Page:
Train to El Norte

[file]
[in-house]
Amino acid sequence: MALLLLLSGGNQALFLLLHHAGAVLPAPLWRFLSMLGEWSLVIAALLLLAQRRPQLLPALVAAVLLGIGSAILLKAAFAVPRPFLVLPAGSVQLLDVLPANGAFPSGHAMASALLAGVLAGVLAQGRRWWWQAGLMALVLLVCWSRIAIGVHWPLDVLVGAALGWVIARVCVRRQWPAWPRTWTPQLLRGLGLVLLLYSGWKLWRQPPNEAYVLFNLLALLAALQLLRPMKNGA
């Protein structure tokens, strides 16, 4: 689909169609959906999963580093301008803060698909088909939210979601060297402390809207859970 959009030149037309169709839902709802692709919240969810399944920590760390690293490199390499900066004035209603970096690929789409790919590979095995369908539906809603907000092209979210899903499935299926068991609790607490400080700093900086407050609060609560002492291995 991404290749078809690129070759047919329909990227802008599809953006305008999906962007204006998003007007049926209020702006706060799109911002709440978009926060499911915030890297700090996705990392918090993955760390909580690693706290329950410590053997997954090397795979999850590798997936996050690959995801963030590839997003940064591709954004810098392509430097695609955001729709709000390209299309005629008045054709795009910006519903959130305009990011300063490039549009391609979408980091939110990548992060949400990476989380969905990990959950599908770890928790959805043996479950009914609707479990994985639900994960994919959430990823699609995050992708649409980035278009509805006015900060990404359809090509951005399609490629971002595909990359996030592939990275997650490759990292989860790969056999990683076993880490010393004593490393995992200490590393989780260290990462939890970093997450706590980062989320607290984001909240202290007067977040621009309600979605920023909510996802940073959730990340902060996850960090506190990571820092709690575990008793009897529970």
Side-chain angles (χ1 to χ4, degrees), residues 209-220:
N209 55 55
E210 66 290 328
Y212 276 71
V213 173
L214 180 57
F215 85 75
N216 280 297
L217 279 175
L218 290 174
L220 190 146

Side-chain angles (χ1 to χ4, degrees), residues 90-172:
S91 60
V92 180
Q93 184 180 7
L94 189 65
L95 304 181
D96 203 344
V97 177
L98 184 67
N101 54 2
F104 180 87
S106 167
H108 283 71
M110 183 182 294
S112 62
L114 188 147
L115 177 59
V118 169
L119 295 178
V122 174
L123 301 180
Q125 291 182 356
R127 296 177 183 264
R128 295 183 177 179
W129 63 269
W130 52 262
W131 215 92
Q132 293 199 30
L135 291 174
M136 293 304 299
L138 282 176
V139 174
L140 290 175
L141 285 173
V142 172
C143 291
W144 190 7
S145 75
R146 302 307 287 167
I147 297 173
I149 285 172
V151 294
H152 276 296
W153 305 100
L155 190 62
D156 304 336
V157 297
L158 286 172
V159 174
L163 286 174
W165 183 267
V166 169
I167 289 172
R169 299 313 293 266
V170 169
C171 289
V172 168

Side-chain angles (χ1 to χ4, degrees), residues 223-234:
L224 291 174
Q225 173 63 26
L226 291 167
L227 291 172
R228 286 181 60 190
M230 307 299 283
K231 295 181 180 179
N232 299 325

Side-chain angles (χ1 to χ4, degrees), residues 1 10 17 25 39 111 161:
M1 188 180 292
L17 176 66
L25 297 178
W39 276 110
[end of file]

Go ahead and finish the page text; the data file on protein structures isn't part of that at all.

The ease of crossing the Suchiate River that forms the border between Mexico and Guatemala belies the many dangers facing Central American immigrants who need to first cross Mexico in order the enter the United States. For ten Mexican pesos from the border town of Tecun Uman, Guatemala, people and goods are ferried into Mexico at an illegal crossing point. For many would migrants this crossing marks the beginning of a harrowing journey. Only the poorest migrants take this route, braving a ride on top of the freight trains that head north. Arriaga is the starting point for the freight train, which poor migrants who don’t have money to hire a coyote will often ride, facing dangers ranging from theft and rape to mutilation or death if they fall from the train. Poor migrants including women and children who don’t have money to hire a coyote will often ride the train where they face dangers ranging from theft and rape to mutilation or death if they fall from the train. Arriaga is the first place the train can be boarded, and on the walk from the border with Guatemala many have already been robbed multiple times. They have crossed multiple borders but the toughest part of the journey lies ahead of them, in Mexico. Mexico, and the southern most state of Chiapas in particular, they say, is far more dangerous to cross than the border with the United States. They will be robbed, beaten, or raped. They will walk for days on foot until their shoes falls apart. They will run from immigration and corrupt police. They could lose a limb, or their life, to the machine they call the beast, the devil. Here she comes.